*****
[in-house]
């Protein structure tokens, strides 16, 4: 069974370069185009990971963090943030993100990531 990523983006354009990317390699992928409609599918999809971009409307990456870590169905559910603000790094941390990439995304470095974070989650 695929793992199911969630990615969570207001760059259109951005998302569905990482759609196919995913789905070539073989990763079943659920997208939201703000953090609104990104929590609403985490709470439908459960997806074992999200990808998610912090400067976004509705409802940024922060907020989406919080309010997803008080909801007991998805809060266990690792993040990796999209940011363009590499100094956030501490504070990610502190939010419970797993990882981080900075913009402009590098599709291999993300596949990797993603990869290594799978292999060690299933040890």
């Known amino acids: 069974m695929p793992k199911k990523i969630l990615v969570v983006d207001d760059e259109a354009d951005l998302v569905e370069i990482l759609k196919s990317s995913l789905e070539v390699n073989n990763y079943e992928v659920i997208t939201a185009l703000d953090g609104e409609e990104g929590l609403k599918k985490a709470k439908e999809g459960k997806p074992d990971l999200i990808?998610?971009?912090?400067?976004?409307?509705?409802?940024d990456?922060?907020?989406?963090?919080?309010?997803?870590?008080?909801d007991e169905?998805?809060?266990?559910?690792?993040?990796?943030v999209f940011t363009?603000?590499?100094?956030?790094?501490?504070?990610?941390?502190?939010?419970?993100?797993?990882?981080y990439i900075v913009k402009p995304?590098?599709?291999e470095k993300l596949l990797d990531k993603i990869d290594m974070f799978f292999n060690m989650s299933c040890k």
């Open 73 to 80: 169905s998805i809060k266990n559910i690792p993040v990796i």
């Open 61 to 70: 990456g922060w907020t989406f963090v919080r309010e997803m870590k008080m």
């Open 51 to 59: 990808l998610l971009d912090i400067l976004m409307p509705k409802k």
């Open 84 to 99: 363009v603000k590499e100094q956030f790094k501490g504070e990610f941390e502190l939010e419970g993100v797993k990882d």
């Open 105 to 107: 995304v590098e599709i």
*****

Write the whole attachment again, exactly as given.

[in-house]
């Protein structure tokens, strides 16, 4: 069974370069185009990971963090943030993100990531 990523983006354009990317390699992928409609599918999809971009409307990456870590169905559910603000790094941390990439995304470095974070989650 695929793992199911969630990615969570207001760059259109951005998302569905990482759609196919995913789905070539073989990763079943659920997208939201703000953090609104990104929590609403985490709470439908459960997806074992999200990808998610912090400067976004509705409802940024922060907020989406919080309010997803008080909801007991998805809060266990690792993040990796999209940011363009590499100094956030501490504070990610502190939010419970797993990882981080900075913009402009590098599709291999993300596949990797993603990869290594799978292999060690299933040890």
């Known amino acids: 069974m695929p793992k199911k990523i969630l990615v969570v983006d207001d760059e259109a354009d951005l998302v569905e370069i990482l759609k196919s990317s995913l789905e070539v390699n073989n990763y079943e992928v659920i997208t939201a185009l703000d953090g609104e409609e990104g929590l609403k599918k985490a709470k439908e999809g459960k997806p074992d990971l999200i990808?998610?971009?912090?400067?976004?409307?509705?409802?940024d990456?922060?907020?989406?963090?919080?309010?997803?870590?008080?909801d007991e169905?998805?809060?266990?559910?690792?993040?990796?943030v999209f940011t363009?603000?590499?100094?956030?790094?501490?504070?990610?941390?502190?939010?419970?993100?797993?990882?981080y990439i900075v913009k402009p995304?590098?599709?291999e470095k993300l596949l990797d990531k993603i990869d290594m974070f799978f292999n060690m989650s299933c040890k």
């Open 73 to 80: 169905s998805i809060k266990n559910i690792p993040v990796i």
């Open 61 to 70: 990456g922060w907020t989406f963090v919080r309010e997803m870590k008080m």
């Open 51 to 59: 990808l998610l971009d912090i400067l976004m409307p509705k409802k």
């Open 84 to 99: 363009v603000k590499e100094q956030f790094k501490g504070e990610f941390e502190l939010e419970g993100v797993k990882d």
């Open 105 to 107: 995304v590098e599709i």